• 21. Control High Moderate Variable density Modified from Berryman, unpubl. Management – Partial disturbances
    • 22. Structural development: Herbs take advantage of disturbance Tall shrubs recover slow Study Results From Ares et al. 2009 Management – Partial disturbances
    • 23. Harvesting layout to protect shrubs (legacies) Management – Partial disturbances
    • 24. From Ares et al. 2009 Management – Partial disturbances Early seral herbs are responsive: structure and composition C = Control LC = Low complexity thinning MC = Moderate complexity thinning HC = High complexity thinning
    • 25. Management – Partial disturbances Shrub layer slow to recover and dominated by “legacies” C = Control LC = Low complexity thinning MC = Moderate complexity thinning HC = High complexity thinning
    • 26. Early seral vegetation 11-years after thinning Management – Partial disturbances “ Long-term” impact C = Control HD = High density MD = Moderate density VD = Variable density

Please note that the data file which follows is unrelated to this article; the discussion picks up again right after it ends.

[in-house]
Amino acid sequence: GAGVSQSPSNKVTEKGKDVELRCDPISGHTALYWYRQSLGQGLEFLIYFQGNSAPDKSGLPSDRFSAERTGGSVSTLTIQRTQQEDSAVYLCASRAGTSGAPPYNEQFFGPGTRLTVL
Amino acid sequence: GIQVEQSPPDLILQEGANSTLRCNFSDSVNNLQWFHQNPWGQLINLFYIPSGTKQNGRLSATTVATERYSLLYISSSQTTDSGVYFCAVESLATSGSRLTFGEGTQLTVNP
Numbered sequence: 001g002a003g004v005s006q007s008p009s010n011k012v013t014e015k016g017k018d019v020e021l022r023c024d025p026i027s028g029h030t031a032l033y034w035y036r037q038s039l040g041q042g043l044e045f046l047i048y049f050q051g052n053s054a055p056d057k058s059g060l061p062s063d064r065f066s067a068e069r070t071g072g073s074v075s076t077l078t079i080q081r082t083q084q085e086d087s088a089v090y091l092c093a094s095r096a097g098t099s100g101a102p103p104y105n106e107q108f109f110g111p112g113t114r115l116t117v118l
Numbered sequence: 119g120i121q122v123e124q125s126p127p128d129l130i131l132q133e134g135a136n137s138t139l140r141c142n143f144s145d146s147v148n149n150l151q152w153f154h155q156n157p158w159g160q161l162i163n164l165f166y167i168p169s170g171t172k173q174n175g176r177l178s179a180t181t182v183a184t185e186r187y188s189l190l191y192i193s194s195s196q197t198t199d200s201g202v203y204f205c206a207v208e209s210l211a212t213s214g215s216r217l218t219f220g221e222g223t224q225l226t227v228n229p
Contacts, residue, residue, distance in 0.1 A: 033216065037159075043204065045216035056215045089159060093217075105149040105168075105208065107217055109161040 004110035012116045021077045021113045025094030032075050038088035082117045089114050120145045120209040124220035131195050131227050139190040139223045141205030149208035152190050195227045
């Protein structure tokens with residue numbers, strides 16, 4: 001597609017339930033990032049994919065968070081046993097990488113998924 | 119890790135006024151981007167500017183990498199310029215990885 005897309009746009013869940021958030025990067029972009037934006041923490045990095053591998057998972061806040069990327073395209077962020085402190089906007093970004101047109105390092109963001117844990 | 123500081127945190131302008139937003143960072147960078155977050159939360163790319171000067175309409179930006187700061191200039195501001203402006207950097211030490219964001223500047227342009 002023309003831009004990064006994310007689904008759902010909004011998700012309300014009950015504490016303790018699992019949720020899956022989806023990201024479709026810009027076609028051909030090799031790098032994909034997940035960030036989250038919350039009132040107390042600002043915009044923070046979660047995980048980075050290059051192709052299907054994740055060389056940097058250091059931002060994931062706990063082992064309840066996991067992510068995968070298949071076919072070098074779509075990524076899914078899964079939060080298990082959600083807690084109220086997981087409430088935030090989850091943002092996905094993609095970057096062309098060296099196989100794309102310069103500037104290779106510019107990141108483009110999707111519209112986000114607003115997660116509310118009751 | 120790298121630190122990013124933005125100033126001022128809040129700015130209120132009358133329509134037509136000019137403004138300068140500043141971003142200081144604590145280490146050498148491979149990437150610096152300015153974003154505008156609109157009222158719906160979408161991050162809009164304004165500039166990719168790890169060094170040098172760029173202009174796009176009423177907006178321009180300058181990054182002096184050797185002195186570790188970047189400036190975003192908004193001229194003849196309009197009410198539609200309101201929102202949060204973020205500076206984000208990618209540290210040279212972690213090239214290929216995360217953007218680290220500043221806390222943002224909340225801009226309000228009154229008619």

• 27. Lindh and Muir 2004 Management – Partial disturbances
    • 28.
      • Gap influence
      • Encourages early seral vegetation
      • Limited to “gap”
      • Early seral species
        • Physical disturbance
        • Competition for light (large gaps only)
      Fahey and Puettmann, FEM 2008 Competitor Management – Partial disturbances
    • 29. Conclusion
        • Distinction between structure and composition
        • Slow vegetation development
          • - Short-term versus medium term impacts of management practices
          • - Choice of legacies
        • Repeated disturbances
          • Thinning and gap creation
        • Attention to scale allows early seral legacies in mature forests
    • 30.
      • Acknowledgements:
      • L. Kayes, P. Anderson, T. Harrington, M. Lopez, J. Shatford, D. Hibbs and all people involved in the various thinning studies
      • Questions and comments?
      • [email_address]